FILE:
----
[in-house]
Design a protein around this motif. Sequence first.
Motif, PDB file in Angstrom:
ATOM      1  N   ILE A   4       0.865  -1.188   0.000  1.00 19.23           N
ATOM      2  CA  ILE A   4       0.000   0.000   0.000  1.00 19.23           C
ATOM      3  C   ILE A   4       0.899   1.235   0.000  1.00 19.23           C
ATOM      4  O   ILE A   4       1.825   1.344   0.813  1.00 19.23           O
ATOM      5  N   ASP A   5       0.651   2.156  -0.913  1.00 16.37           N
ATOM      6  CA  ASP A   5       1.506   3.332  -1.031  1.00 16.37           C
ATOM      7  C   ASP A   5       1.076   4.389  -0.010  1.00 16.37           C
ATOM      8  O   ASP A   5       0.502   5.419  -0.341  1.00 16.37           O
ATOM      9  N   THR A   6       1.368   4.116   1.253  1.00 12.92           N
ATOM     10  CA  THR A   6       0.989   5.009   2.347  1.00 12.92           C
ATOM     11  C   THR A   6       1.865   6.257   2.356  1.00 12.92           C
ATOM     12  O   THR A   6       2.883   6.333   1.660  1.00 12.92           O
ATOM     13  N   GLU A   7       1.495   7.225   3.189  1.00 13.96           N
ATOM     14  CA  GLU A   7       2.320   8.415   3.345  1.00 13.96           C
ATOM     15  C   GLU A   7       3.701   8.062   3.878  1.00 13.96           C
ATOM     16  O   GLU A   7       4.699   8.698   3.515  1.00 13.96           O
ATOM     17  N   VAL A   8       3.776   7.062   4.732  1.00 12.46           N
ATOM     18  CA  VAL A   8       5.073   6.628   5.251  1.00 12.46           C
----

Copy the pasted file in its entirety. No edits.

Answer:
[in-house]
Design a protein around this motif. Sequence first.
Motif, PDB file in Angstrom:
ATOM      1  N   ILE A   4       0.865  -1.188   0.000  1.00 19.23           N
ATOM      2  CA  ILE A   4       0.000   0.000   0.000  1.00 19.23           C
ATOM      3  C   ILE A   4       0.899   1.235   0.000  1.00 19.23           C
ATOM      4  O   ILE A   4       1.825   1.344   0.813  1.00 19.23           O
ATOM      5  N   ASP A   5       0.651   2.156  -0.913  1.00 16.37           N
ATOM      6  CA  ASP A   5       1.506   3.332  -1.031  1.00 16.37           C
ATOM      7  C   ASP A   5       1.076   4.389  -0.010  1.00 16.37           C
ATOM      8  O   ASP A   5       0.502   5.419  -0.341  1.00 16.37           O
ATOM      9  N   THR A   6       1.368   4.116   1.253  1.00 12.92           N
ATOM     10  CA  THR A   6       0.989   5.009   2.347  1.00 12.92           C
ATOM     11  C   THR A   6       1.865   6.257   2.356  1.00 12.92           C
ATOM     12  O   THR A   6       2.883   6.333   1.660  1.00 12.92           O
ATOM     13  N   GLU A   7       1.495   7.225   3.189  1.00 13.96           N
ATOM     14  CA  GLU A   7       2.320   8.415   3.345  1.00 13.96           C
ATOM     15  C   GLU A   7       3.701   8.062   3.878  1.00 13.96           C
ATOM     16  O   GLU A   7       4.699   8.698   3.515  1.00 13.96           O
ATOM     17  N   VAL A   8       3.776   7.062   4.732  1.00 12.46           N
ATOM     18  CA  VAL A   8       5.073   6.628   5.251  1.00 12.46           C